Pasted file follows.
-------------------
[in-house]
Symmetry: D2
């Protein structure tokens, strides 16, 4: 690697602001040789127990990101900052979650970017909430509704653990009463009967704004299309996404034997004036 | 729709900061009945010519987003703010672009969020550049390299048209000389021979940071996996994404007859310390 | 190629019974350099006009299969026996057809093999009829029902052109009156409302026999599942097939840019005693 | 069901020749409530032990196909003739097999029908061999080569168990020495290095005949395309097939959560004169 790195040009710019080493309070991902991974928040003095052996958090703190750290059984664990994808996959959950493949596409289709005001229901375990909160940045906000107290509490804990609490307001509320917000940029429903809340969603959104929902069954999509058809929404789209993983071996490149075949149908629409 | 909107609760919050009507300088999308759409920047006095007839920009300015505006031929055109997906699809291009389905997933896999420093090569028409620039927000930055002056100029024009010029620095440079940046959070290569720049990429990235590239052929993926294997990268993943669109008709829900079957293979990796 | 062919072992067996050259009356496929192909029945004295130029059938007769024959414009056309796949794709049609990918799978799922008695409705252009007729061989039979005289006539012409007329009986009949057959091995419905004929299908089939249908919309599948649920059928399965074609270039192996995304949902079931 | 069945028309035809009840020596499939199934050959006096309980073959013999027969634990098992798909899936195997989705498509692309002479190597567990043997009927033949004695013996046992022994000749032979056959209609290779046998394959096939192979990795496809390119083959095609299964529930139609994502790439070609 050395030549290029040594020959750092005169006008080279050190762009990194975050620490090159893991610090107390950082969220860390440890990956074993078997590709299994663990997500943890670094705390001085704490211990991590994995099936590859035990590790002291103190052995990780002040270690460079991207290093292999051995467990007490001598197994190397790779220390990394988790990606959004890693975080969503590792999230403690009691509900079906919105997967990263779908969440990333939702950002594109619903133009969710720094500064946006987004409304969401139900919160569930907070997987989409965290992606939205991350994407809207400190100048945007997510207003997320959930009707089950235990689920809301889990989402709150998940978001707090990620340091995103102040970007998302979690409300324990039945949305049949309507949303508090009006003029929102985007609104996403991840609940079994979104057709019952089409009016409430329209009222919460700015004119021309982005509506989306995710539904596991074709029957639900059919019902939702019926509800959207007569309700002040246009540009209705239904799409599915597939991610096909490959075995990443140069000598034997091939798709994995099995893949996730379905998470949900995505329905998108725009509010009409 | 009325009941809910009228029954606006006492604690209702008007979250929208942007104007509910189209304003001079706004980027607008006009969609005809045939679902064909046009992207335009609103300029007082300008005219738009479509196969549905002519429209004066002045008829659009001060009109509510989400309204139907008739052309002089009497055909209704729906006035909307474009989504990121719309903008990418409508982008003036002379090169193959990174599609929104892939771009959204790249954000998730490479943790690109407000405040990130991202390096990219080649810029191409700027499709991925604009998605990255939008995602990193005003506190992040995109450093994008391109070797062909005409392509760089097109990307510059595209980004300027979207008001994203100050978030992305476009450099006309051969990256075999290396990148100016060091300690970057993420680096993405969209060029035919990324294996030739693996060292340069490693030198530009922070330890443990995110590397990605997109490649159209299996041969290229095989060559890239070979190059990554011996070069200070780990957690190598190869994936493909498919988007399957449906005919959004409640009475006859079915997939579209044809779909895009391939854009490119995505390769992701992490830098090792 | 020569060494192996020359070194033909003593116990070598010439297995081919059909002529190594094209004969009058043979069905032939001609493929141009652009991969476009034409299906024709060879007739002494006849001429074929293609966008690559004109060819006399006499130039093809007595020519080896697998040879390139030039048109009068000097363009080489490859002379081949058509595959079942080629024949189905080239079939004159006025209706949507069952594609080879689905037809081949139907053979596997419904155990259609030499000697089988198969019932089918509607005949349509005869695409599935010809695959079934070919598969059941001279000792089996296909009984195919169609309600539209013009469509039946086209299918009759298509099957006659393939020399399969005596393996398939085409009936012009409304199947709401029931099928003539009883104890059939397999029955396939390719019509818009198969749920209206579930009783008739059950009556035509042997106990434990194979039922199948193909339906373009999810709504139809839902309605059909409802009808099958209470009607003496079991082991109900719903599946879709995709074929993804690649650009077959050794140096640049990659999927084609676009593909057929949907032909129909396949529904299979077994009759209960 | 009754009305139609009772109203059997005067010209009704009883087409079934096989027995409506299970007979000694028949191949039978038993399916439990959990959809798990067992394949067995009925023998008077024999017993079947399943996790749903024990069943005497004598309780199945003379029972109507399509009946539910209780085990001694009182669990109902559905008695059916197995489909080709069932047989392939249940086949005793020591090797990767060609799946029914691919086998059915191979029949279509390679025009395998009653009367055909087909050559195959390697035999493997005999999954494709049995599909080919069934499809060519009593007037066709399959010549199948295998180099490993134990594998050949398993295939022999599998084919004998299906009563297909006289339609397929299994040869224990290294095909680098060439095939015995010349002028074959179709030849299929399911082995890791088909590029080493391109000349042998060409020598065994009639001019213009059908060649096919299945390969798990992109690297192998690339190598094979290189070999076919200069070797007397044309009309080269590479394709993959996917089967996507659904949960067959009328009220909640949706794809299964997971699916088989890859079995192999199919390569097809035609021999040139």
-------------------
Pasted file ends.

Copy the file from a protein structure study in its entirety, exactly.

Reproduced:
[in-house]
Symmetry: D2
């Protein structure tokens, strides 16, 4: 690697602001040789127990990101900052979650970017909430509704653990009463009967704004299309996404034997004036 | 729709900061009945010519987003703010672009969020550049390299048209000389021979940071996996994404007859310390 | 190629019974350099006009299969026996057809093999009829029902052109009156409302026999599942097939840019005693 | 069901020749409530032990196909003739097999029908061999080569168990020495290095005949395309097939959560004169 790195040009710019080493309070991902991974928040003095052996958090703190750290059984664990994808996959959950493949596409289709005001229901375990909160940045906000107290509490804990609490307001509320917000940029429903809340969603959104929902069954999509058809929404789209993983071996490149075949149908629409 | 909107609760919050009507300088999308759409920047006095007839920009300015505006031929055109997906699809291009389905997933896999420093090569028409620039927000930055002056100029024009010029620095440079940046959070290569720049990429990235590239052929993926294997990268993943669109008709829900079957293979990796 | 062919072992067996050259009356496929192909029945004295130029059938007769024959414009056309796949794709049609990918799978799922008695409705252009007729061989039979005289006539012409007329009986009949057959091995419905004929299908089939249908919309599948649920059928399965074609270039192996995304949902079931 | 069945028309035809009840020596499939199934050959006096309980073959013999027969634990098992798909899936195997989705498509692309002479190597567990043997009927033949004695013996046992022994000749032979056959209609290779046998394959096939192979990795496809390119083959095609299964529930139609994502790439070609 050395030549290029040594020959750092005169006008080279050190762009990194975050620490090159893991610090107390950082969220860390440890990956074993078997590709299994663990997500943890670094705390001085704490211990991590994995099936590859035990590790002291103190052995990780002040270690460079991207290093292999051995467990007490001598197994190397790779220390990394988790990606959004890693975080969503590792999230403690009691509900079906919105997967990263779908969440990333939702950002594109619903133009969710720094500064946006987004409304969401139900919160569930907070997987989409965290992606939205991350994407809207400190100048945007997510207003997320959930009707089950235990689920809301889990989402709150998940978001707090990620340091995103102040970007998302979690409300324990039945949305049949309507949303508090009006003029929102985007609104996403991840609940079994979104057709019952089409009016409430329209009222919460700015004119021309982005509506989306995710539904596991074709029957639900059919019902939702019926509800959207007569309700002040246009540009209705239904799409599915597939991610096909490959075995990443140069000598034997091939798709994995099995893949996730379905998470949900995505329905998108725009509010009409 | 009325009941809910009228029954606006006492604690209702008007979250929208942007104007509910189209304003001079706004980027607008006009969609005809045939679902064909046009992207335009609103300029007082300008005219738009479509196969549905002519429209004066002045008829659009001060009109509510989400309204139907008739052309002089009497055909209704729906006035909307474009989504990121719309903008990418409508982008003036002379090169193959990174599609929104892939771009959204790249954000998730490479943790690109407000405040990130991202390096990219080649810029191409700027499709991925604009998605990255939008995602990193005003506190992040995109450093994008391109070797062909005409392509760089097109990307510059595209980004300027979207008001994203100050978030992305476009450099006309051969990256075999290396990148100016060091300690970057993420680096993405969209060029035919990324294996030739693996060292340069490693030198530009922070330890443990995110590397990605997109490649159209299996041969290229095989060559890239070979190059990554011996070069200070780990957690190598190869994936493909498919988007399957449906005919959004409640009475006859079915997939579209044809779909895009391939854009490119995505390769992701992490830098090792 | 020569060494192996020359070194033909003593116990070598010439297995081919059909002529190594094209004969009058043979069905032939001609493929141009652009991969476009034409299906024709060879007739002494006849001429074929293609966008690559004109060819006399006499130039093809007595020519080896697998040879390139030039048109009068000097363009080489490859002379081949058509595959079942080629024949189905080239079939004159006025209706949507069952594609080879689905037809081949139907053979596997419904155990259609030499000697089988198969019932089918509607005949349509005869695409599935010809695959079934070919598969059941001279000792089996296909009984195919169609309600539209013009469509039946086209299918009759298509099957006659393939020399399969005596393996398939085409009936012009409304199947709401029931099928003539009883104890059939397999029955396939390719019509818009198969749920209206579930009783008739059950009556035509042997106990434990194979039922199948193909339906373009999810709504139809839902309605059909409802009808099958209470009607003496079991082991109900719903599946879709995709074929993804690649650009077959050794140096640049990659999927084609676009593909057929949907032909129909396949529904299979077994009759209960 | 009754009305139609009772109203059997005067010209009704009883087409079934096989027995409506299970007979000694028949191949039978038993399916439990959990959809798990067992394949067995009925023998008077024999017993079947399943996790749903024990069943005497004598309780199945003379029972109507399509009946539910209780085990001694009182669990109902559905008695059916197995489909080709069932047989392939249940086949005793020591090797990767060609799946029914691919086998059915191979029949279509390679025009395998009653009367055909087909050559195959390697035999493997005999999954494709049995599909080919069934499809060519009593007037066709399959010549199948295998180099490993134990594998050949398993295939022999599998084919004998299906009563297909006289339609397929299994040869224990290294095909680098060439095939015995010349002028074959179709030849299929399911082995890791088909590029080493391109000349042998060409020598065994009639001019213009059908060649096919299945390969798990992109690297192998690339190598094979290189070999076919200069070797007397044309009309080269590479394709993959996917089967996507659904949960067959009328009220909640949706794809299964997971699916088989890859079995192999199919390569097809035609021999040139």